The X6 has standard head airbag curtains for front and rear seats which act as a forgiving barrier between the driver and outboard passenger's upper bodies and the window and pillars. Combined with high-strength steel door beams and lower side airbags this system increases head protection in broadside collisions. Head airbags cost extra in the Wrangler and are only available for the front seats.
The X6 has standard Active Head Restraints, which use a specially designed headrest to protect the driver and front passenger from whiplash. During a rear-end collision, the Active Head Restraints system moves the headrests forward to prevent neck and spine injuries. The Wrangler doesn’t offer a whiplash protection system.
The X6 offers optional City Collision Mitigation, which use forward mounted sensors to warn the driver of a possible collision ahead. If the driver doesn’t react and the system determines a collision is imminent, it automatically applies the brakes at full-force in order to reduce the force of the crash or avoid it altogether. The Wrangler doesn't offer collision warning or crash mitigation brakes.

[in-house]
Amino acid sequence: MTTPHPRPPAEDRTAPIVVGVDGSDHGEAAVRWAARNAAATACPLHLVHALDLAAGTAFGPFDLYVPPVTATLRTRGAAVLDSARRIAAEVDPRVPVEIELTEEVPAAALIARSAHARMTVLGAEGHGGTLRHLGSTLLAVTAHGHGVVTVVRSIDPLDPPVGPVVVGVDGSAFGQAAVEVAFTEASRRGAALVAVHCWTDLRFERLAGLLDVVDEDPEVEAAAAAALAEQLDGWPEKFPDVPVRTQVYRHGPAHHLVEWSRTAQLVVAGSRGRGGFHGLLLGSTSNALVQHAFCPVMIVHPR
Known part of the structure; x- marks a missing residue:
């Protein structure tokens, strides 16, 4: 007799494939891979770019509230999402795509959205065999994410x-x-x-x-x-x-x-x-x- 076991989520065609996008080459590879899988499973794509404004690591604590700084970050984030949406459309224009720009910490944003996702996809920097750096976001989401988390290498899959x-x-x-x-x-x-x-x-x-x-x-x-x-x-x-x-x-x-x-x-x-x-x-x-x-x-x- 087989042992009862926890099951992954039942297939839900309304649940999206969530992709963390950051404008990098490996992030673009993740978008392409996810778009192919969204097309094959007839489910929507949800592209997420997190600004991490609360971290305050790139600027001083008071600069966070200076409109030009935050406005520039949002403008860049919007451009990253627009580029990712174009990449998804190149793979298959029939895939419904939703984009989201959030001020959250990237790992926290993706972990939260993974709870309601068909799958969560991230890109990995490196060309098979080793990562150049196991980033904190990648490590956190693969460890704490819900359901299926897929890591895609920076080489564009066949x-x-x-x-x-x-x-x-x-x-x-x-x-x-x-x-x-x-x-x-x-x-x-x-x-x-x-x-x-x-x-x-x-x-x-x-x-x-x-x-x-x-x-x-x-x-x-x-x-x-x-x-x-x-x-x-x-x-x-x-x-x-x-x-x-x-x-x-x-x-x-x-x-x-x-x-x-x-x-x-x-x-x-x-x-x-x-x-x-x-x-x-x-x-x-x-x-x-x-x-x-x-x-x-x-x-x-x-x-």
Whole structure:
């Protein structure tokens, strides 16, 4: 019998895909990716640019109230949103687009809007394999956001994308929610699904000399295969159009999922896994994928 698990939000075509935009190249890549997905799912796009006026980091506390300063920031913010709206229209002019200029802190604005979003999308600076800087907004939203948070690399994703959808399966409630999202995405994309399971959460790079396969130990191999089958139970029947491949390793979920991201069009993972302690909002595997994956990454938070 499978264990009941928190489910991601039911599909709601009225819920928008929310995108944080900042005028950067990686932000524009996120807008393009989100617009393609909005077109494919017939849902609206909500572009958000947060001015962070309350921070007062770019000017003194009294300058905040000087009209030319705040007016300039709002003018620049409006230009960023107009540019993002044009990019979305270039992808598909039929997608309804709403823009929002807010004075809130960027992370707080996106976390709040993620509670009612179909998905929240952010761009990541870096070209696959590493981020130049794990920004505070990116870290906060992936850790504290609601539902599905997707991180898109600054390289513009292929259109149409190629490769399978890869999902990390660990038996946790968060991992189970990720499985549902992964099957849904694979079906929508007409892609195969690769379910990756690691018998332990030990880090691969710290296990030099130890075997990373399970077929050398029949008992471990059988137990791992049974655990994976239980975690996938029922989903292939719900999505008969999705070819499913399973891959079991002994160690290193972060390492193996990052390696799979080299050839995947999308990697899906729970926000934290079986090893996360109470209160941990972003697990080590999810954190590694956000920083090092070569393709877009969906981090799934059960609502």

Full-time four-wheel drive is optional on the X6. Full-time four-wheel drive gives added traction for safety in all conditions, not just off-road, like the only system available on the Wrangler.
When descending a steep, off-road slope, the X6 xDrive’s standard Hill Descent Control allows you to creep down safely. The Wrangler doesn’t offer Hill Descent Control.
The BMW X6 has Daytime Running Lights to help keep it more visible under all conditions. Canadian government studies show that driving with lights during the day reduces accidents by 11% by making vehicles more conspicuous. The Wrangler doesn’t offer Daytime Running Lights.
A passive infrared night vision system optional on the X6 helps the driver to more easily detect people, animals or other objects in front of the vehicle at night. Using an infrared camera to detect heat, the system then displays the image on a monitor in the dashboard. The Wrangler doesn’t offer a night vision system.
The X6’s optional lane departure warning system alerts a temporarily inattentive driver when the vehicle begins to leave its lane. The Wrangler doesn’t offer a lane departure warning system.